Glycogen synthase kinase-3 is a Ser/Thr kinase, tonically active in resting cells but inhibited by phosphorylation of an N-terminal Ser residue (Ser(21) in GSK3 alpha and Ser(9) in GSK3 beta) in response to varied external stimuli. Recent work suggests that GSK3 functions as a negative regulator of platelet function, but how GSK3 is regulated in platelets has not been examined in detail. Here, we show that early thrombin-mediated GSK3 phosphorylation (0-30 s) was blocked by PKC inhibitors and largely absent in platelets from PKC alpha knock-out mice. In contrast, late (2-5 min) GSK3 phosphorylation was dependent on the PI3K/Akt pathway. Similarly, early thrombin-mediated inhibition of GSK3 activity was blocked in PKC alpha knock-out platelets, whereas the Akt inhibitor MK2206 reduced late thrombin-mediated GSK3 inhibition and largely prevented GSK3 inhibition in PKC alpha knock-out platelets. More importantly, GSK3 phosphorylation contributes to platelet function as knock-in mice where GSK3 alpha Ser(21) and GSK3 beta Ser(9) were mutated to Ala showed a significant reduction in PAR4-mediated platelet aggregation, fibrinogen binding, and P-selectin expression, whereas the GSK3 inhibitor CHIR99021 enhanced these responses. Together, these results demonstrate that PKC alpha and Akt modulate platelet function by phosphorylating and inhibiting GSK3 alpha/beta, thereby relieving the negative effect of GSK3 alpha/beta on thrombin-mediated platelet activation.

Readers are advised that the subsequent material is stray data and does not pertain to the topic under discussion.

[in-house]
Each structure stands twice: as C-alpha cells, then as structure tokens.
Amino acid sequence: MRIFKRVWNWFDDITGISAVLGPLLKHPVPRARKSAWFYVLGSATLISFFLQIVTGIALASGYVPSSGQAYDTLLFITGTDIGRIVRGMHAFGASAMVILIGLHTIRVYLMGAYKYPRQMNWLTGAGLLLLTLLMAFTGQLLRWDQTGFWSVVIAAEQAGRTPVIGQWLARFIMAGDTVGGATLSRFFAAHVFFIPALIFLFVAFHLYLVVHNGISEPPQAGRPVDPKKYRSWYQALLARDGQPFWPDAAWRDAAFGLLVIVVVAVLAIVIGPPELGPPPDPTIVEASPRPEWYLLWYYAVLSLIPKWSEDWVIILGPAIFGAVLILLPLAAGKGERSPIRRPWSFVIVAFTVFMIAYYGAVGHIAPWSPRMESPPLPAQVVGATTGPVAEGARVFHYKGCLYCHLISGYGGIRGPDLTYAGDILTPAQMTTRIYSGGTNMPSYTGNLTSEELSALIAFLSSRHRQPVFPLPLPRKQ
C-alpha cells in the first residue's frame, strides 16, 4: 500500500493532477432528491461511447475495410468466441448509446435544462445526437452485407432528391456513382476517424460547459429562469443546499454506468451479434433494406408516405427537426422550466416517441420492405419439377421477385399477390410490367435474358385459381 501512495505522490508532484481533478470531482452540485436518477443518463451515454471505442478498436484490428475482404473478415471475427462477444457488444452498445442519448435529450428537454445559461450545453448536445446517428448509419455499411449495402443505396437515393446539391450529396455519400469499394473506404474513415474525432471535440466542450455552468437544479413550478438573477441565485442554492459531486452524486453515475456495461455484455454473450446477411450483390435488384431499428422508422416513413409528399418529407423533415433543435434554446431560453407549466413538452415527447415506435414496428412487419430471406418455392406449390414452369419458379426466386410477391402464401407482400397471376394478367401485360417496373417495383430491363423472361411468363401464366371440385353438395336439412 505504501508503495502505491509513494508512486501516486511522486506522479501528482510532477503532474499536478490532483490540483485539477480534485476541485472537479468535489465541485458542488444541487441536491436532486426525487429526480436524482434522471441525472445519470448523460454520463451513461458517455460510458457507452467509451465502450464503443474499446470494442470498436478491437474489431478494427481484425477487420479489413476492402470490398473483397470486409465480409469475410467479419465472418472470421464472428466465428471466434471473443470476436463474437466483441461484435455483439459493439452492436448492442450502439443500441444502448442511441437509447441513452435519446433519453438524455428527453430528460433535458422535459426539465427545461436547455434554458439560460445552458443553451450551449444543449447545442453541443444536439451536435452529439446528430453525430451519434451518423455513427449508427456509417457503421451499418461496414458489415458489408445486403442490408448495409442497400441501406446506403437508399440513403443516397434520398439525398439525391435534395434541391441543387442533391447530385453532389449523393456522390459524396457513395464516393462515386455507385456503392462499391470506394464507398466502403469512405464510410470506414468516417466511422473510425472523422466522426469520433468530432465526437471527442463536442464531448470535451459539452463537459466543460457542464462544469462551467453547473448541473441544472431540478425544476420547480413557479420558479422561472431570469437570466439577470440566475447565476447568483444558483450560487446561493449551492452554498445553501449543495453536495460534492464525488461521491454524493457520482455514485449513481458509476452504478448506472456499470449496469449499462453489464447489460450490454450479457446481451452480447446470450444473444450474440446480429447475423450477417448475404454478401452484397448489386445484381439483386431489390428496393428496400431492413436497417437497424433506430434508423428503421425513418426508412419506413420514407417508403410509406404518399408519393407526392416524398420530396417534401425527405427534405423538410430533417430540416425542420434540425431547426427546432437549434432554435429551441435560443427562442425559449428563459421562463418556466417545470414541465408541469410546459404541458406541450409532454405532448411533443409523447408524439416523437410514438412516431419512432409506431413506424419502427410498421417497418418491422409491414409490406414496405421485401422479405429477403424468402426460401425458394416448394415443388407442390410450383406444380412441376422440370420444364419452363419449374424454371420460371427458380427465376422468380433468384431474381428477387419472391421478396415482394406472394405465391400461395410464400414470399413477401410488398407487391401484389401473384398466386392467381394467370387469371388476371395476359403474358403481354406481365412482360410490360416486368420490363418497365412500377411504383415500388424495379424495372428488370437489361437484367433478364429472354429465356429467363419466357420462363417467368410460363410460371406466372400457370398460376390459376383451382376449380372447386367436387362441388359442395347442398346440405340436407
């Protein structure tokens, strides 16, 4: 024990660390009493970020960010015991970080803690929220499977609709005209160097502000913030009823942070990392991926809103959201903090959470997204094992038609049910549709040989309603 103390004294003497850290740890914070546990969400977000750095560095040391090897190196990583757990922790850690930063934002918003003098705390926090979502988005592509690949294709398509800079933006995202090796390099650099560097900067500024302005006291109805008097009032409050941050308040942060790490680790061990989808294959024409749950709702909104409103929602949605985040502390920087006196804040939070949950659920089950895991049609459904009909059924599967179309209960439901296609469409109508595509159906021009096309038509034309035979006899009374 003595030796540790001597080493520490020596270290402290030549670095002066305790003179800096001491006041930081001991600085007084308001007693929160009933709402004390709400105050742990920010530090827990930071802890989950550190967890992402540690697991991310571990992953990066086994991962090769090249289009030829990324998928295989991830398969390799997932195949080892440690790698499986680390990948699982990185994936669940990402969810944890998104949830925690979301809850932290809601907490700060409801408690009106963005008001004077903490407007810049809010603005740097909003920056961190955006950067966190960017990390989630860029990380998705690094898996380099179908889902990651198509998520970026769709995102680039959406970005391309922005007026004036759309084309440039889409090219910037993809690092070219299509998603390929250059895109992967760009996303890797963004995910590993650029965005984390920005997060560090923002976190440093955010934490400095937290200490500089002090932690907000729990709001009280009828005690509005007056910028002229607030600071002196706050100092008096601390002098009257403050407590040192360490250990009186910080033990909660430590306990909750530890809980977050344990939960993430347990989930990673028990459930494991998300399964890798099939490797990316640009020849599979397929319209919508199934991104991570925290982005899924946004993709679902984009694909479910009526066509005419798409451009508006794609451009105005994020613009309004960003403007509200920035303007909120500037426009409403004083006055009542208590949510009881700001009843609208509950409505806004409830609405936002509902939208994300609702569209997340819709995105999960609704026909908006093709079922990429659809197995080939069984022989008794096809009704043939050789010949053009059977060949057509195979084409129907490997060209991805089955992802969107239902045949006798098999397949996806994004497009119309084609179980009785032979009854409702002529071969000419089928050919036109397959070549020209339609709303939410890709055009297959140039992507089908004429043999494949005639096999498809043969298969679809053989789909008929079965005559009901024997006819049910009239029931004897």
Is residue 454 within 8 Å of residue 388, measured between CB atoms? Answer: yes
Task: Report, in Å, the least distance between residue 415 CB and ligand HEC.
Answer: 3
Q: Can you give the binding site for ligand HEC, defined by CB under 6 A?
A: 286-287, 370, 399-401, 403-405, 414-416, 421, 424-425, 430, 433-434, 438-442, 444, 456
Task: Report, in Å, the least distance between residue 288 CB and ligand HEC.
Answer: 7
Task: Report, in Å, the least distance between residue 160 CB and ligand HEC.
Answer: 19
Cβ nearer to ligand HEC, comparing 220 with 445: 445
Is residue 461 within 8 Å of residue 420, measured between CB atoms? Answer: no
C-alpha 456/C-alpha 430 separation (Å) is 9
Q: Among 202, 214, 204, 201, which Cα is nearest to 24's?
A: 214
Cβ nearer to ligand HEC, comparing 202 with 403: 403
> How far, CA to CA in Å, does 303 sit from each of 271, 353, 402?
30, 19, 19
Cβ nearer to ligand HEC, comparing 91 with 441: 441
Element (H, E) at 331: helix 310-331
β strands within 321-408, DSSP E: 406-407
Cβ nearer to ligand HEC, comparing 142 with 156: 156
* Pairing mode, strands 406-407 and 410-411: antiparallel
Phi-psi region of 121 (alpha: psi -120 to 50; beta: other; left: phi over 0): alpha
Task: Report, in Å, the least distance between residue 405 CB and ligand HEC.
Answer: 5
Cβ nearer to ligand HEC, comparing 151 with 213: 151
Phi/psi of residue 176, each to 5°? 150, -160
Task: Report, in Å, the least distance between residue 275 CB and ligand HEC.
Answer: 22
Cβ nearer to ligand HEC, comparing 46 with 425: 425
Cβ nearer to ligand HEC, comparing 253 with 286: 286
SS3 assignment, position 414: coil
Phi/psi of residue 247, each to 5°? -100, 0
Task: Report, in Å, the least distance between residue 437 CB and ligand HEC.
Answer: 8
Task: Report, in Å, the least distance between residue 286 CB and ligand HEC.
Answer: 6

- G(I) SIGNALING PATHWAYS
- PHOSPHOINOSITIDE 3-KINASE